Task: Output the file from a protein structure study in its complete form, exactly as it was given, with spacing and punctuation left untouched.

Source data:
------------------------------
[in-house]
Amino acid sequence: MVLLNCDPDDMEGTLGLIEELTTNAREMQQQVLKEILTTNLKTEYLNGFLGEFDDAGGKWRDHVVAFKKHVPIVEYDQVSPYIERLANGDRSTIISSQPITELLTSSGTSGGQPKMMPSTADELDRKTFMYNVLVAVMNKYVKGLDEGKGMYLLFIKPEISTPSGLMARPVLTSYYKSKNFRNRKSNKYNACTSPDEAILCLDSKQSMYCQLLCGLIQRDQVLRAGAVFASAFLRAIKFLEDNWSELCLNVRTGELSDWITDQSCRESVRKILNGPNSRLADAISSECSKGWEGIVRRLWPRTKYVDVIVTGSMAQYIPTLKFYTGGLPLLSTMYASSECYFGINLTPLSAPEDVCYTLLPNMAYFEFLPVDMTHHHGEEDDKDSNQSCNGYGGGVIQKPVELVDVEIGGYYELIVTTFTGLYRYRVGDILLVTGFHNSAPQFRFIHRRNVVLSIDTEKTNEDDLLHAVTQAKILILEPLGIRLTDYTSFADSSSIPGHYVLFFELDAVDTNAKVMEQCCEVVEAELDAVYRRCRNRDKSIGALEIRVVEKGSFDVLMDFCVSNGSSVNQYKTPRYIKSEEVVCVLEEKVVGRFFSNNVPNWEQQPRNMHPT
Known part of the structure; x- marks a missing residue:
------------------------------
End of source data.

[in-house]
Amino acid sequence: MVLLNCDPDDMEGTLGLIEELTTNAREMQQQVLKEILTTNLKTEYLNGFLGEFDDAGGKWRDHVVAFKKHVPIVEYDQVSPYIERLANGDRSTIISSQPITELLTSSGTSGGQPKMMPSTADELDRKTFMYNVLVAVMNKYVKGLDEGKGMYLLFIKPEISTPSGLMARPVLTSYYKSKNFRNRKSNKYNACTSPDEAILCLDSKQSMYCQLLCGLIQRDQVLRAGAVFASAFLRAIKFLEDNWSELCLNVRTGELSDWITDQSCRESVRKILNGPNSRLADAISSECSKGWEGIVRRLWPRTKYVDVIVTGSMAQYIPTLKFYTGGLPLLSTMYASSECYFGINLTPLSAPEDVCYTLLPNMAYFEFLPVDMTHHHGEEDDKDSNQSCNGYGGGVIQKPVELVDVEIGGYYELIVTTFTGLYRYRVGDILLVTGFHNSAPQFRFIHRRNVVLSIDTEKTNEDDLLHAVTQAKILILEPLGIRLTDYTSFADSSSIPGHYVLFFELDAVDTNAKVMEQCCEVVEAELDAVYRRCRNRDKSIGALEIRVVEKGSFDVLMDFCVSNGSSVNQYKTPRYIKSEEVVCVLEEKVVGRFFSNNVPNWEQQPRNMHPT
Known part of the structure; x- marks a missing residue: